In the past 2 months, we have experienced 2 of the largest percentage moves in the VIX in the product’s history. Considering that’s more than 2 decades of data, that’s some extreme movement. Perhaps more incredibly, they’ve taken place with the SPX index at or near all-time highs. Not in a market that is in any type of outright panic.
To put these moves into context, I wanted to look at how VIX volatility compared to SPX volatility over time. First, here’s the visual comparison of realized volatility in the VIX (black line) vs. realized volatility (orange line) in the SPX over the last 2 years:
What to make of this picture?
Normally, the volatility of the VIX is closely correlated to the volatility of the SPX. At the end of the day, since the VIX is a measure of SPX volatility, that correlation makes sense. The VIX is unlikely to move as much when the SPX is not moving much. In 2013 though, we have seen a serious change in behavior. The realized volatility of the VIX has been trending higher over the course of the year, while the realized volatility of the SPX has been flat to lower in 2013 (despite yesterday’s move).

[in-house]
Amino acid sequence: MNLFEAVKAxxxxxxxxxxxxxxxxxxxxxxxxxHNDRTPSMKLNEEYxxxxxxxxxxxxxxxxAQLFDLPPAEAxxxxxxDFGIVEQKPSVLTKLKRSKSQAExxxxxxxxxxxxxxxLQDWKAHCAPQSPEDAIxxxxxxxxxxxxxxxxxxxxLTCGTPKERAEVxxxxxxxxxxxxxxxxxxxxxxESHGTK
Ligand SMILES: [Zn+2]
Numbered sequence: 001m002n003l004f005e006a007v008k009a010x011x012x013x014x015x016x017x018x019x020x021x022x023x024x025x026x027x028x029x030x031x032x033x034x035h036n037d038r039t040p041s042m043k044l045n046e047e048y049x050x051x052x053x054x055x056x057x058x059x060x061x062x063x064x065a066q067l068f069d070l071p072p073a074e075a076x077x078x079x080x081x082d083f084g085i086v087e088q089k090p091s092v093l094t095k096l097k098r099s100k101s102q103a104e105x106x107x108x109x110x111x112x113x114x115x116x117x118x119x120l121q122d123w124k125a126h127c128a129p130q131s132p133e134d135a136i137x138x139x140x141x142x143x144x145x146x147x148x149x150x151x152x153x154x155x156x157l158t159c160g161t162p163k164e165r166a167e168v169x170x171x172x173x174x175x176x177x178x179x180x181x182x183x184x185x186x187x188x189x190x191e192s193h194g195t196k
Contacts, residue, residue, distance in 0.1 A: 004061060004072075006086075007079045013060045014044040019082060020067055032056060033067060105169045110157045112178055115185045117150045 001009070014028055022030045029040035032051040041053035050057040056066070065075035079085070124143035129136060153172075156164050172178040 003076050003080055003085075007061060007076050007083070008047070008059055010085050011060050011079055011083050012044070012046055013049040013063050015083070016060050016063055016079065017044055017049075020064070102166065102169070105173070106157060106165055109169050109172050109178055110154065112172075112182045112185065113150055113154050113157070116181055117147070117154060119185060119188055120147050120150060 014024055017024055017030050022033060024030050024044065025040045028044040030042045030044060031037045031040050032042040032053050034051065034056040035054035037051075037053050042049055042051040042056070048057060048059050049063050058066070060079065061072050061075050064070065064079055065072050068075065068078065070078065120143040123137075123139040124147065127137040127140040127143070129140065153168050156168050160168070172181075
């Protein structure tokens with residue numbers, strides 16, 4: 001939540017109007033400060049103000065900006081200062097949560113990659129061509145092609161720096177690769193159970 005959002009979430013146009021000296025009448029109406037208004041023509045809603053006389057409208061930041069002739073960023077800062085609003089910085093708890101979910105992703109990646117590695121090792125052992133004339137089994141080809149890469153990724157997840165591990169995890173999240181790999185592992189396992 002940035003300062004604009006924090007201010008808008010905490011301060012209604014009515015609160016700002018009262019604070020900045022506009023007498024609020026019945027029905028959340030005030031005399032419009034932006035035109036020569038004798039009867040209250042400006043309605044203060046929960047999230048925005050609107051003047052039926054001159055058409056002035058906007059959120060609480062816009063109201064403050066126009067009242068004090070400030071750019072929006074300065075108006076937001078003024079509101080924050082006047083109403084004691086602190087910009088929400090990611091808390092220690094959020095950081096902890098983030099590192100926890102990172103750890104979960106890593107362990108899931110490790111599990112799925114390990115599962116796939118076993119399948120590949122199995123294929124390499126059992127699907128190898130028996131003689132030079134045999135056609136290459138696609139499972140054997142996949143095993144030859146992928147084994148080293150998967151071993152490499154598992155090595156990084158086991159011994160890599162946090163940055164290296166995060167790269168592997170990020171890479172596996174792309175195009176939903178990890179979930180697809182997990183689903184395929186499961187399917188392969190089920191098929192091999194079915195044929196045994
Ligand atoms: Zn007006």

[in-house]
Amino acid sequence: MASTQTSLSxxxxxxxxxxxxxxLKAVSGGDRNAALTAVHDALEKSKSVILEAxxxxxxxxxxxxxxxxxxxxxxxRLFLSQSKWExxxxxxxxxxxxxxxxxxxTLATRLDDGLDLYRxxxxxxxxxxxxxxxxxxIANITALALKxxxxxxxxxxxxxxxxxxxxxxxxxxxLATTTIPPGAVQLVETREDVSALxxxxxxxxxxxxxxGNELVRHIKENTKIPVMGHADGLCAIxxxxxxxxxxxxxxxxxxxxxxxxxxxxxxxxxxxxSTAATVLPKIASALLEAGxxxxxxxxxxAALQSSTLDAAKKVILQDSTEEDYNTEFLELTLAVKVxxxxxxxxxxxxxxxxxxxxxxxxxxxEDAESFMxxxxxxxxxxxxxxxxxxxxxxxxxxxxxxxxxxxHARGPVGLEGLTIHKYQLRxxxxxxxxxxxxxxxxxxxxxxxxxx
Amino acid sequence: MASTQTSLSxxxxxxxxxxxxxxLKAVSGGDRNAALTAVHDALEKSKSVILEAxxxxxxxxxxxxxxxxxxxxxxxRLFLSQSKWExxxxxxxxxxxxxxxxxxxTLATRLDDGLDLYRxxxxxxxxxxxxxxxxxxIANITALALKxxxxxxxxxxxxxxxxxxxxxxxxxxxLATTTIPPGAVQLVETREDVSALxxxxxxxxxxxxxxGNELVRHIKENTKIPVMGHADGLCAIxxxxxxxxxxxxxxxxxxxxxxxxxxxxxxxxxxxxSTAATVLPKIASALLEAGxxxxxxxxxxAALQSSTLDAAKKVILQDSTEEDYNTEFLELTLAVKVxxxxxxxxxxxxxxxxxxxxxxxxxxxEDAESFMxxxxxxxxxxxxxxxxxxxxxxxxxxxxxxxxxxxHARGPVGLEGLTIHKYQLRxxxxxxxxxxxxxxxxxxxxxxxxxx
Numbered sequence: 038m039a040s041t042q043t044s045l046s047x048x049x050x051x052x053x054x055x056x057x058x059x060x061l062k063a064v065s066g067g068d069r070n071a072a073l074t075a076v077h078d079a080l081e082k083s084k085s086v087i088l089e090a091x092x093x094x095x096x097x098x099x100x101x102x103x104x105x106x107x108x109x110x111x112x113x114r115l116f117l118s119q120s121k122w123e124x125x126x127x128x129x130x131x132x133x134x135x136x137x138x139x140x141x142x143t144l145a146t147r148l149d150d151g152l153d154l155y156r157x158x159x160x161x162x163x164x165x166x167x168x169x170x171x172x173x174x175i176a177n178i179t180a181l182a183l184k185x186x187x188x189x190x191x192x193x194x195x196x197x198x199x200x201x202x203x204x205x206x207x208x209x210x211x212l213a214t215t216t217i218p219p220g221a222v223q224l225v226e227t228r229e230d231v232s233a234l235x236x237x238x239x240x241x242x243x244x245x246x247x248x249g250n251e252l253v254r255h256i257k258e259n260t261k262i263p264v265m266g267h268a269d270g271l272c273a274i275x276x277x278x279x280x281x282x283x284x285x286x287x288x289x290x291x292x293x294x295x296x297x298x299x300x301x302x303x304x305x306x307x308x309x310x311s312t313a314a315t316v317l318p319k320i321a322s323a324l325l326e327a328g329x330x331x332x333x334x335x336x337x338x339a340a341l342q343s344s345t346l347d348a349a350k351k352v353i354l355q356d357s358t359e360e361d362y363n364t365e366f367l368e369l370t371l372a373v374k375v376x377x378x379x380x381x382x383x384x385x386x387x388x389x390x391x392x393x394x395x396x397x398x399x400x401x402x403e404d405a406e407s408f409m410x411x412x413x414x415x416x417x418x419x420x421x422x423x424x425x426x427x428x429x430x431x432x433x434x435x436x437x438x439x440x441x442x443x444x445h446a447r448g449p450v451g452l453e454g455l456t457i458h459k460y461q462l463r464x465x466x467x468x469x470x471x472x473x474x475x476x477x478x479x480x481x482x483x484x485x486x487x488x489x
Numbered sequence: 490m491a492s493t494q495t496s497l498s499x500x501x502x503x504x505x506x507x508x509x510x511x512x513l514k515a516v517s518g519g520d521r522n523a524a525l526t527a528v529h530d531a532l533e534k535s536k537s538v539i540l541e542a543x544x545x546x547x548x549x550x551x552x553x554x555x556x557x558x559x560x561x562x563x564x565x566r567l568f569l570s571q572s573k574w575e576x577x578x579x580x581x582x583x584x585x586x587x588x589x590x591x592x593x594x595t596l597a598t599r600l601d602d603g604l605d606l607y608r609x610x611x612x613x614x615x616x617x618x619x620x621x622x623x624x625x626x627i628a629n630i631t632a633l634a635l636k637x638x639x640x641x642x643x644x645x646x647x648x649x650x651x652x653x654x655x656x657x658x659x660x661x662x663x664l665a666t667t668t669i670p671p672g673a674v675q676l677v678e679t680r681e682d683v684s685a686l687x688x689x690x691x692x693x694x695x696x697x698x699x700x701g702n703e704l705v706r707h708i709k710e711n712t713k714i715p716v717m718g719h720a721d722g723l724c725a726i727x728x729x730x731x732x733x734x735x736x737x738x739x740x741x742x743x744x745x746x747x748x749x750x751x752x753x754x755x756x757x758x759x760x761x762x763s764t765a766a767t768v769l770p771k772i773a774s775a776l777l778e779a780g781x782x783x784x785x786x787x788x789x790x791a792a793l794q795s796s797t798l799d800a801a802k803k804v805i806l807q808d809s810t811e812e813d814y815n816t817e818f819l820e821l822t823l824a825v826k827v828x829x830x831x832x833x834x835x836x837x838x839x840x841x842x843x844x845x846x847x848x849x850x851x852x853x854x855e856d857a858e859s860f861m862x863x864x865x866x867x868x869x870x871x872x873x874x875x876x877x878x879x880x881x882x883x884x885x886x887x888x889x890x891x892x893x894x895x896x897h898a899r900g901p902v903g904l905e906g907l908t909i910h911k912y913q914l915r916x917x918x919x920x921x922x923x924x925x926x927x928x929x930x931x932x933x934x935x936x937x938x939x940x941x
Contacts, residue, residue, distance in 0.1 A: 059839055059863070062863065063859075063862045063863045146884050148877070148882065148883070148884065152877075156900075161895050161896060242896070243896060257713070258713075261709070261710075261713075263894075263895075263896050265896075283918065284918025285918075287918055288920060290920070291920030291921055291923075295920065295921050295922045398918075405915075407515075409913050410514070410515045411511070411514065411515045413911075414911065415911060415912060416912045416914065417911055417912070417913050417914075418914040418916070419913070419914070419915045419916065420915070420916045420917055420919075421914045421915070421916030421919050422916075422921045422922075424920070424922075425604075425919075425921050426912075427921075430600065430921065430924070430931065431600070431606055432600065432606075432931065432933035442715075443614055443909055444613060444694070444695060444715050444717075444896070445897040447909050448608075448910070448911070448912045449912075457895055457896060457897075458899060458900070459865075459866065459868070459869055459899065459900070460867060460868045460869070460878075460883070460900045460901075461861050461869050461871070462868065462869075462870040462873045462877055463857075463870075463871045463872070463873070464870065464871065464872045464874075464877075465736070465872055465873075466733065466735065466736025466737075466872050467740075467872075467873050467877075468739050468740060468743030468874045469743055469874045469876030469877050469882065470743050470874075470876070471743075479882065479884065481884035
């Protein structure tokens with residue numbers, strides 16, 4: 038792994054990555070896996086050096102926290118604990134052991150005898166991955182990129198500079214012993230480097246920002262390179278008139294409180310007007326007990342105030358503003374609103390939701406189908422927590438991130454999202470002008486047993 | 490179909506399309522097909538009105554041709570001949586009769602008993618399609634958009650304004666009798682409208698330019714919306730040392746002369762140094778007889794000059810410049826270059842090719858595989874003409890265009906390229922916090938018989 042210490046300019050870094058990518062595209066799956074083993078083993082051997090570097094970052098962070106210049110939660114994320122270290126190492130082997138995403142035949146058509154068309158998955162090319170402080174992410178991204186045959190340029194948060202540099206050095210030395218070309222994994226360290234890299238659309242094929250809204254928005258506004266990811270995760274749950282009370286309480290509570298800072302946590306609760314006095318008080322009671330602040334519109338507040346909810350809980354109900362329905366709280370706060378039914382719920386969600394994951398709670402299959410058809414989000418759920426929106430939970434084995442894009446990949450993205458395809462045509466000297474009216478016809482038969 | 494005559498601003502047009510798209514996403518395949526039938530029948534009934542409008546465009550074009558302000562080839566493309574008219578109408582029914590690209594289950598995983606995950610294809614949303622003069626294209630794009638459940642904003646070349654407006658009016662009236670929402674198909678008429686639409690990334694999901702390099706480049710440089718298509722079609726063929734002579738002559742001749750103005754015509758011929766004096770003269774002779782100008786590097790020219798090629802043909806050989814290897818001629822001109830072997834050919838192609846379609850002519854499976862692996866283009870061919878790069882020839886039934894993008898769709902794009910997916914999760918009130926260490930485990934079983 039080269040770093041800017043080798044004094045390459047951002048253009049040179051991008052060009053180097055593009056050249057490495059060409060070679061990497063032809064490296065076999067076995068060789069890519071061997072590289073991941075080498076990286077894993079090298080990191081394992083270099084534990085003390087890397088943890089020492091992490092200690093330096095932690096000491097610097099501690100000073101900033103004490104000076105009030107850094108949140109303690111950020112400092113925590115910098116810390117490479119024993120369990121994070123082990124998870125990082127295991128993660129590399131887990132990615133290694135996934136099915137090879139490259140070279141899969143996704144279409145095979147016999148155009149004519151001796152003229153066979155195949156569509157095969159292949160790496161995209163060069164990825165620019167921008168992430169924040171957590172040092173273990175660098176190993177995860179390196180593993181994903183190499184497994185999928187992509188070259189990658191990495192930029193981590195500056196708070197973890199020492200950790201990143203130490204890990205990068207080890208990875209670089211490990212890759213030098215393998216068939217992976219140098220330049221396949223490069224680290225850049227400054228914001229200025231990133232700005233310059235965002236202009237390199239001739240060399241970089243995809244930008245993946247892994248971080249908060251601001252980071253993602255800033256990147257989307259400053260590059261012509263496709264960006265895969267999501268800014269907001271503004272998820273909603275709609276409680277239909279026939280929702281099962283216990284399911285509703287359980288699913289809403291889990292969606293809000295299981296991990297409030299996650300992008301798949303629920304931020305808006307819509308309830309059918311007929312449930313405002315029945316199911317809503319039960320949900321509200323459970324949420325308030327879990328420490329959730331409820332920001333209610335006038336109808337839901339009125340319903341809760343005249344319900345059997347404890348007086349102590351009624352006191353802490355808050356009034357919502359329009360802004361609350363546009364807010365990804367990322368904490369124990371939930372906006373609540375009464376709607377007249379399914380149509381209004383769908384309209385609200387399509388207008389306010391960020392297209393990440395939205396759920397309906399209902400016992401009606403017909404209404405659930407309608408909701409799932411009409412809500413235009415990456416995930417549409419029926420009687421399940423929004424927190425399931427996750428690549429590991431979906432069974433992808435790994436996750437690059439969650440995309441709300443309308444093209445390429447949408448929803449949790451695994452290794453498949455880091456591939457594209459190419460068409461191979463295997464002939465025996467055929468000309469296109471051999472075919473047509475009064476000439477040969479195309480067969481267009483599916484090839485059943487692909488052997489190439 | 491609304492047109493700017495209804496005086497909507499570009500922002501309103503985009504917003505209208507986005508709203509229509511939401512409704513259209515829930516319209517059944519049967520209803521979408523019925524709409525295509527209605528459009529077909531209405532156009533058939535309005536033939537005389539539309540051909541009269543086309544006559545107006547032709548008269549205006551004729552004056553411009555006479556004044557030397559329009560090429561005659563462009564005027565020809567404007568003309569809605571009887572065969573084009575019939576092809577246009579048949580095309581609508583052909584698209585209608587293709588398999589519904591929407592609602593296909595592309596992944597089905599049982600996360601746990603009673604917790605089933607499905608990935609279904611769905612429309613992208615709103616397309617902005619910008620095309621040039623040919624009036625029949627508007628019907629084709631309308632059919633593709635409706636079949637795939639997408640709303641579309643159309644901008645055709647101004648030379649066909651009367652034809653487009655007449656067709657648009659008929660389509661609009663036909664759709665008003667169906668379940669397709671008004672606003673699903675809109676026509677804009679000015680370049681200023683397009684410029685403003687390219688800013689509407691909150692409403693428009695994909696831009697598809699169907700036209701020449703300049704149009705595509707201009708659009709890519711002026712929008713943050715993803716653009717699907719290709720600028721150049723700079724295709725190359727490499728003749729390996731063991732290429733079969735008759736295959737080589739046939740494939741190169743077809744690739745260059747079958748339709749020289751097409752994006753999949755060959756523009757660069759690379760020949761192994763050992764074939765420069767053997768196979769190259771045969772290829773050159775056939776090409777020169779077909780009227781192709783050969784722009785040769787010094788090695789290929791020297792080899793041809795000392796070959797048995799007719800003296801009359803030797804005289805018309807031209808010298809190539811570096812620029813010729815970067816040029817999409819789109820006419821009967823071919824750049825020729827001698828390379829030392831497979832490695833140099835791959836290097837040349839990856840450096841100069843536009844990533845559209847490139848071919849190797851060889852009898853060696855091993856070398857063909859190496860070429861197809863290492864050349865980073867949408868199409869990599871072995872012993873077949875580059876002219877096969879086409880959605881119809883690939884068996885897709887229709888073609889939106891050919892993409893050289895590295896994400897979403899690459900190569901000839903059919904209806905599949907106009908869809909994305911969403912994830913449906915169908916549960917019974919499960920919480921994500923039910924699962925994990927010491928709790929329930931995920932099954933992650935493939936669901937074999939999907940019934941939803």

So traders in VIX products are much jumpier than traders in the broader SPX index. If we look at the ratio of VIX 50 day realized volatility vs. SPX 50 day realized volatility over the last 10 years, the only previous instance where the ratio got this high was in early 2007. That was also the beginning of a 6 month topping process that eventually led to a bear market.
Spikes in VIX volatility are sending warning signals about market instability. It is only one preliminary warning signal in a longer-term story. Two 40%+ spikes in VIX spot are too rare an occurrence to assign too much value. But I do expect higher SPX volatility over the rest of 2013 based on this recent VIX action. History does not repeat, but it does rhyme.